fb-pixel Skip to main content

Koji Uehara takes an important step in camp

Koji Uehara will move from the closer role to the eighth inning this season.
Koji Uehara will move from the closer role to the eighth inning this season.patrick semansky/ap

FORT MYERS, Fla. — The Red Sox played the Minnesota Twins on Thursday night. Righthander Rick Porcello and a few of the regulars took the short ride down Daniels Parkway to Hammond Stadium.

But the most important event of the day finished hours before.

For the first time since a line drive broke his right wrist in August, Koji Uehara took the mound and faced hitters. He threw 44 pitches to David Murphy and an assortment of minor league players during the morning at Fenway South.

Bullpen coach Dana LeVangie walked away with a big smile.

“He was the same Koji, same pitches and same movement. It was great to see,” LeVangie said.

Advertisement



Manager John Farrell also came away impressed. He was looking to make sure Uehara had full range of motion with his wrist and was able to throw all of his pitches.

“He was free and easy, the life to his fastball was what we had hoped to see at this point in time in camp,” the manager said. “It was a good day.”

Uehara, 40, wants to throw one more session of live batting practice, then pitch on Wednesday against the Pittsburgh Pirates in Bradenton. He said five or six outings in spring training would be sufficient to prepare him for the season.

The trade for Craig Kimbrel pushed Uehara into the eighth inning after spending the last three seasons as a closer. His return to health is crucial for the Sox given the other high-caliber bullpens in the American League East.

A bullpen of Kimbrel, Uehara, Carson Smith, and Junichi Tazawa should give the Red Sox a decided edge late in games.

“I felt fine, great,” Uehara said via translator C.J. Matsumoto. “I think it was what it was. I did what I expected to do.”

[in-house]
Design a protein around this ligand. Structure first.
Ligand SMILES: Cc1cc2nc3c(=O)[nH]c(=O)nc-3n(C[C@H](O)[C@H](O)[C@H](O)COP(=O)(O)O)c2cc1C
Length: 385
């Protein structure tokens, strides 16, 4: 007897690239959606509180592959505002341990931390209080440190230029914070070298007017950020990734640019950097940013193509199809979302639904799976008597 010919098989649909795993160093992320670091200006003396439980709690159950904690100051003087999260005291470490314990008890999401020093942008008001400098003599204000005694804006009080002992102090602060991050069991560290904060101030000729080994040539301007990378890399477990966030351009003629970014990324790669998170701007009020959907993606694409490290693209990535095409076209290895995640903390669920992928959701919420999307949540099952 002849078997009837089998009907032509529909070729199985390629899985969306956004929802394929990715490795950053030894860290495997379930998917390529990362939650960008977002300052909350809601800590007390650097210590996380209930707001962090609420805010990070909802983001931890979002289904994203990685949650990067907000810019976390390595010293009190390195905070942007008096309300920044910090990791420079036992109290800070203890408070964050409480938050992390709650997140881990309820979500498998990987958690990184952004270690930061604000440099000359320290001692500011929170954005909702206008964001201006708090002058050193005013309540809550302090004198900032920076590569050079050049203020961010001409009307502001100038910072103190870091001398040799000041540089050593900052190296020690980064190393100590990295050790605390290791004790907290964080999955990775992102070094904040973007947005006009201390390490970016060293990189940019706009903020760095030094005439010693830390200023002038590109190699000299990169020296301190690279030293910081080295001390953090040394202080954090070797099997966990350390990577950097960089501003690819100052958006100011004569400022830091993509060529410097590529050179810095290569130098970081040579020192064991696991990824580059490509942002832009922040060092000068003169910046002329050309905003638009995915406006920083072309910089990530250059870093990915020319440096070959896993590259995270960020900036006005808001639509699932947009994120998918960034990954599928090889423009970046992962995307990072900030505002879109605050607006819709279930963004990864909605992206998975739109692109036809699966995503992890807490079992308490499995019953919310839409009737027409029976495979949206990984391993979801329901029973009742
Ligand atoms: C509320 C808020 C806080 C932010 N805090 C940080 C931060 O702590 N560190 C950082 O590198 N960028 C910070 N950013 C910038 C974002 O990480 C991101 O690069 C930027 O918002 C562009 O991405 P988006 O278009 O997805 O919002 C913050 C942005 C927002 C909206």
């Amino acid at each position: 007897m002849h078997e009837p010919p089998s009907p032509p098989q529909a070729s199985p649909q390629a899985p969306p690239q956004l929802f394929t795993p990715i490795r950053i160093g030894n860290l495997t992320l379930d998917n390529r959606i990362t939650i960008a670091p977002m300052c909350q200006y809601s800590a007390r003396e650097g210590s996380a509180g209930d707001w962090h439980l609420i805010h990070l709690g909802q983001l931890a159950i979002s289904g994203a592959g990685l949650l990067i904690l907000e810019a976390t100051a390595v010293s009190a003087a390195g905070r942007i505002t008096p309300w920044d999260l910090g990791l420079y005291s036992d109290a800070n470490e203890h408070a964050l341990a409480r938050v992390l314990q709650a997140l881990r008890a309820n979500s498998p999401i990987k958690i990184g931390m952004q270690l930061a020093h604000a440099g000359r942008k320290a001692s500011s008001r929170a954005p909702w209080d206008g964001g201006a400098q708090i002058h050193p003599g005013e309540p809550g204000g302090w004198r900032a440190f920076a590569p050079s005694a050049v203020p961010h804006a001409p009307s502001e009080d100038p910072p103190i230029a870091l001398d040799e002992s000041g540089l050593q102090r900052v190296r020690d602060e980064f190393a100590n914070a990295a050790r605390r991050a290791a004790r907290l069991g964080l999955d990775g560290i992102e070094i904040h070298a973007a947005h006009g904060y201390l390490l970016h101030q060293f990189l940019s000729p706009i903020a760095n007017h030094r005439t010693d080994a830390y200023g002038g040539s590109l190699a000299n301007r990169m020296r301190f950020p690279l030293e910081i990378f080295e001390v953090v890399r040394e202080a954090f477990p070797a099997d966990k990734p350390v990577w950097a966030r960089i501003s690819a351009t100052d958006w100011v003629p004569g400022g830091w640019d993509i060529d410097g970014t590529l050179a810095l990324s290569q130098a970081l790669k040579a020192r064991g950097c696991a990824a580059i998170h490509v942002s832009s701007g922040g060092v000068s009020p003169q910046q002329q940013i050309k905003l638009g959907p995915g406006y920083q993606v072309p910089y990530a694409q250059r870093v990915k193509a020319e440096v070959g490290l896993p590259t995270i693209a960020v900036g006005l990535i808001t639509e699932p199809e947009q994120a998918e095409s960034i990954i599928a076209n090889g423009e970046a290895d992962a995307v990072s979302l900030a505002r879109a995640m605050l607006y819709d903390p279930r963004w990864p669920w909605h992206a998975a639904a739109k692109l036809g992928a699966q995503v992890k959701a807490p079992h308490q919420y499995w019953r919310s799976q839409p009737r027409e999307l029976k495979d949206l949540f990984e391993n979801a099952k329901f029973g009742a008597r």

Advertisement



Uehara threw his fastball and split-finger fastball along with a few sliders. He located his pitches up and down and gave up only a few hard-hit balls.

“He looked like he always does, sneaky fast and he spotted his pitches,” said Murphy, who signed with the Red Sox on Monday and was getting some extra swings in. “He had that late movement.”

Throwing to minor league catcher Jake Romanski, Uehara worked at a quick pace and showed no signs of any discomfort with his wrist. He was injured on Aug. 7 when a line drive off the bat of Detroit’s Ian Kinsler hit Uehara flush.

With the bases loaded and two outs in the bottom of the ninth, he was able to pick the ball up and throw to first to end the game. X-rays a day later showed a fracture.

Uehara is 12-10 with a 1.86 earned run average and 72 saves in 180 appearances for the Sox over the last three seasons.

“I’m ready to go,” Uehara said. “The wrist is fine.”

Carlos Marmol also threw his first round of live batting practice and Farrell was eager to see that as well.

Marmol represents a lottery ticket for the Red Sox, a low-cost shot at what could be big success.

Marmol, 33, last pitched in the majors in 2014 and was hit hard. The Sox signed him to a minor league contract last month with a plan to change his delivery. The results so far are positive.

Marmol has returned to the more upright, over-the-top delivery he used during his most successful seasons with the Chicago Cubs. He threw well in the bullpen on Monday and took that into the batting practice session.

Advertisement



“It’s making progress, yes. The sweep to his slider, the more depth to his sinker,” Farrell said. “That’s becoming more evident with each outing, with each throwing session.

“This is an interesting project, that’s the best way that I can describe it. There’s pedigree, there’s arm strength. We just have to get back to the action that he’s had previous.”

Marmol feels it’s going to work.

“My body has taken to it. It’s going to work,” he said. “I feel very comfortable. This is how I felt in the past when I had my best years.”

Marmol is scheduled to pitch in Saturday’s scrimmage game at Fenway South.


Peter Abraham can be reached at pabraham@globe.com. Follow him on Twitter @PeteAbe.